Skip to main content

State pauses $300M homebuying assistance program less than 2 weeks after launch

A for-sale sign is posted in front of a home in San Francisco. | Justin Sullivan/Getty Images | Source: Justin Sullivan/Getty Images

After opening to the public less than two weeks ago, the California Housing Finance Agency announced that its new $300 million down payment assistance program will be paused, and all funds will be fully allocated to participating homebuyers as early as Monday.

“CalHFA anticipates that all funds currently available for the Dream for All Shared Appreciation Loan could be fully committed as soon as April 10, 2023,” an April 6 press release from the California Housing Finance Agency said.

The California Dream for All Shared Appreciation Loan, introduced to help first-time homebuyers put a down payment on a house, went live on March 27. Qualified applicants who are accepted to the program in time will receive interest-free loans to be used to make up to a 20% down payment on a house. The funds can also be used to cover closing costs.

But the program’s funding appears to have already been hoovered up in a mad dash to capitalize on the offer. The state’s Housing Finance Agency said that interested applicants hoping to get in on the program must lock in their Dream for All loans by April 12 at 3 p.m.

The California Housing Finance Agency could not be reached for comment.

A Reddit thread posted to the subreddit r/orangecounty captured the breakneck speed at which the program’s funding was exhausted. Some in the thread expressed exasperation, noting that they began searching for a home as soon as they heard about California Dream for All. One commenter wondered how so many were able to take advantage of the program so quickly.

“How did people move so fast?” the Reddit user asked. “How did they get pre-approved, do all the counseling, find a house, and get into escrow within less than 2 weeks?”

In addition to meeting the income requirements, one stipulation of the program was that applicants needed to take a homebuyer education course and secure a certificate of completion before being approved—to say nothing of the actual homebuying process, which is time- and research-intensive.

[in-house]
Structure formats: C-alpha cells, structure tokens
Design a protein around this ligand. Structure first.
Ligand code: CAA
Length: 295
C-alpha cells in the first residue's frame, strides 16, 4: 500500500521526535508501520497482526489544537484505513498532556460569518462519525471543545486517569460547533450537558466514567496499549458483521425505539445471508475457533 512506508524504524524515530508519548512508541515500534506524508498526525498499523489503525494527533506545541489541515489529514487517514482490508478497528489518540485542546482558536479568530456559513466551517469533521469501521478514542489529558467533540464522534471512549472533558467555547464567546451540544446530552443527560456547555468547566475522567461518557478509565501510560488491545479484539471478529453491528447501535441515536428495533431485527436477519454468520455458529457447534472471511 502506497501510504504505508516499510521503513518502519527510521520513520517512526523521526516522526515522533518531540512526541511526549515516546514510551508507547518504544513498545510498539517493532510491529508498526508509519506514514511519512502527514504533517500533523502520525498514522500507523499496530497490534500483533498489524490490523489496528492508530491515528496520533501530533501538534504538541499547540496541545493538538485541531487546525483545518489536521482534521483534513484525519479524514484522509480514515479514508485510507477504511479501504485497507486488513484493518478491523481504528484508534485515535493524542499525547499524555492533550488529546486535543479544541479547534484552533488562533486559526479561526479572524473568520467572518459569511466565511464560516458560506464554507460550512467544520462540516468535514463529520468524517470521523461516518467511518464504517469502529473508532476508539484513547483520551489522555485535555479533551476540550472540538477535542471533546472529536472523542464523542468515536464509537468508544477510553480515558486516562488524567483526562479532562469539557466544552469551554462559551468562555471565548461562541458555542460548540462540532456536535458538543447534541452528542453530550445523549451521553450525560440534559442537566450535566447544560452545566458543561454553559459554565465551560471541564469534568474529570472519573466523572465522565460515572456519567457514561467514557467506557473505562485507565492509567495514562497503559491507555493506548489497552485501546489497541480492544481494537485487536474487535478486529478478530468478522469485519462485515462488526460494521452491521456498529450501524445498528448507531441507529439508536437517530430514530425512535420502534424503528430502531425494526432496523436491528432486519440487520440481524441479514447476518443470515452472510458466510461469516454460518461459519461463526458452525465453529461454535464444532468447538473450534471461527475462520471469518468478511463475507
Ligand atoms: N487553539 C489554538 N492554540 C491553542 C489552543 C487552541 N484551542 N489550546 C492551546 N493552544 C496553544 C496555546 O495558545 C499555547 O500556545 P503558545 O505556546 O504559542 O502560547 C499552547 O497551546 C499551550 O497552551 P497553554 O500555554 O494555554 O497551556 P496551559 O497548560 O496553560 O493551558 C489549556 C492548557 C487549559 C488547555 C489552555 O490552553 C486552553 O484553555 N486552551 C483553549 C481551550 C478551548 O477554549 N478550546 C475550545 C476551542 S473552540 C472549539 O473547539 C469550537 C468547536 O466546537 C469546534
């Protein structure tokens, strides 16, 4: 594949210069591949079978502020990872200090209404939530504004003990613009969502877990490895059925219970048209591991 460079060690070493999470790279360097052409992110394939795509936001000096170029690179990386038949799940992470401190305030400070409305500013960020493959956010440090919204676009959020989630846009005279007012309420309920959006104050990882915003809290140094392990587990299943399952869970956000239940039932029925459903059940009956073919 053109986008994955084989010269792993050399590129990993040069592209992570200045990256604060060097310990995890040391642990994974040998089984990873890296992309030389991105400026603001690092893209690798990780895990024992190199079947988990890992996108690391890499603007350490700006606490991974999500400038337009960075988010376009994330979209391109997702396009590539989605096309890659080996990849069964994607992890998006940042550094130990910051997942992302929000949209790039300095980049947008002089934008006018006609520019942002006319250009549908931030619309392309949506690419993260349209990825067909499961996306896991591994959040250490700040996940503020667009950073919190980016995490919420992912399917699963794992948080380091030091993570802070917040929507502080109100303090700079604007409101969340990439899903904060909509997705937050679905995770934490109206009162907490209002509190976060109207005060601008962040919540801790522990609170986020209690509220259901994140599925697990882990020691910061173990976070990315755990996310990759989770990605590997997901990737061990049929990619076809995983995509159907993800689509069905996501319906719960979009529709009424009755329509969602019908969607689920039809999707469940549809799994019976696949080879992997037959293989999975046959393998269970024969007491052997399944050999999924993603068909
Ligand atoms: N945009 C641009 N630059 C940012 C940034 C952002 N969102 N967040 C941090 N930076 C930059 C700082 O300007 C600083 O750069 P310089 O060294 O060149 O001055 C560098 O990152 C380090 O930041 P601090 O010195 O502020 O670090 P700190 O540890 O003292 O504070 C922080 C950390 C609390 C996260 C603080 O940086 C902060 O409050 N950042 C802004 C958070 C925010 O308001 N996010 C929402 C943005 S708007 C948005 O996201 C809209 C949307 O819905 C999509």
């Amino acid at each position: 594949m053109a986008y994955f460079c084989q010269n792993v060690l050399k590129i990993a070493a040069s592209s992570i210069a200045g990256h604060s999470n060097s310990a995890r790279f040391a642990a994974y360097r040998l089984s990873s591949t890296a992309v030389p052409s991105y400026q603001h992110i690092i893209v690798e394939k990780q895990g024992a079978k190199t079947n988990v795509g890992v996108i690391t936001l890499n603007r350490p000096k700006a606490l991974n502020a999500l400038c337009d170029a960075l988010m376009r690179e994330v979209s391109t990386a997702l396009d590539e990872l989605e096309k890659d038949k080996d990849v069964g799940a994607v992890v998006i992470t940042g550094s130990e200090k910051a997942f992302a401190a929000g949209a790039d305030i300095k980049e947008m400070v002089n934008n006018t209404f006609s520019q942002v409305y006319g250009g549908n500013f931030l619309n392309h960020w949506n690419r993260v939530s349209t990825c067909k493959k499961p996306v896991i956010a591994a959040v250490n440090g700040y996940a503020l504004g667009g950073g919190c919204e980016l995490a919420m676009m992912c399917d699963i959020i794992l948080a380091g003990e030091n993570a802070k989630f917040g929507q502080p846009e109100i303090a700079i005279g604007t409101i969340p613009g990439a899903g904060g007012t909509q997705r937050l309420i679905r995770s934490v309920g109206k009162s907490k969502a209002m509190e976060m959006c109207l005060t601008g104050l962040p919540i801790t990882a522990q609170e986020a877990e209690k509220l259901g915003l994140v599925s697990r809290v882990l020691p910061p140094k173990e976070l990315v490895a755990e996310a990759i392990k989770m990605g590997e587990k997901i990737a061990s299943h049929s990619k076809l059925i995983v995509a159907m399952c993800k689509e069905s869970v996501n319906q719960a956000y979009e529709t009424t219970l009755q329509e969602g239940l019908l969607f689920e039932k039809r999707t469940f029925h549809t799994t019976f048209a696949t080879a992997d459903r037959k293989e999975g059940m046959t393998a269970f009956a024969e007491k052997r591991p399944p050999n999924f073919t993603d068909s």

While the Dream for All program will provide an estimated 2,300 low- and moderate-income Californians with a 20% down payment loan free of interest, it is not without a catch.

The down payment assistance loan—which most applicants would use on top of a primary bank loan—must eventually be repaid to the state.

And the Dream for All loan is a “shared appreciation loan,” which means that at the time borrowers pay back the amount that the state lent them, they must also pay back a percentage of the home’s growth in value—between 15%-20% depending on the borrower’s income level and how much they initially borrowed.

Here’s a simple example: A moderate-income borrower receives a 20% Dream for All loan on a home that costs $100,000. The loan from the state would be $20,000, and their primary loan would be $80,000. When that borrower pays off the full $80,000 of their primary loan, their home has appreciated in value and is worth $200,000. At that time, the borrower would be required to pay back $20,000 to the state, plus 20% of the appreciated value. Since the home is now worth $100,000 more than what they paid for it, they would be required to pay an additional $20,000 on top of the $20,000 loan amount—for a total of $40,000.

The California Housing Finance Agency has proposed that this program will be able to largely fund itself, and the proceeds made through home appreciation percentages will be used to help future California homebuyers get a house of their own.

Due to the high cost of housing in California—especially in areas such as the Bay Area and Southern California—many residents of the state may be able to afford a monthly mortgage payment but unable to save up a 20% down payment to get through the door.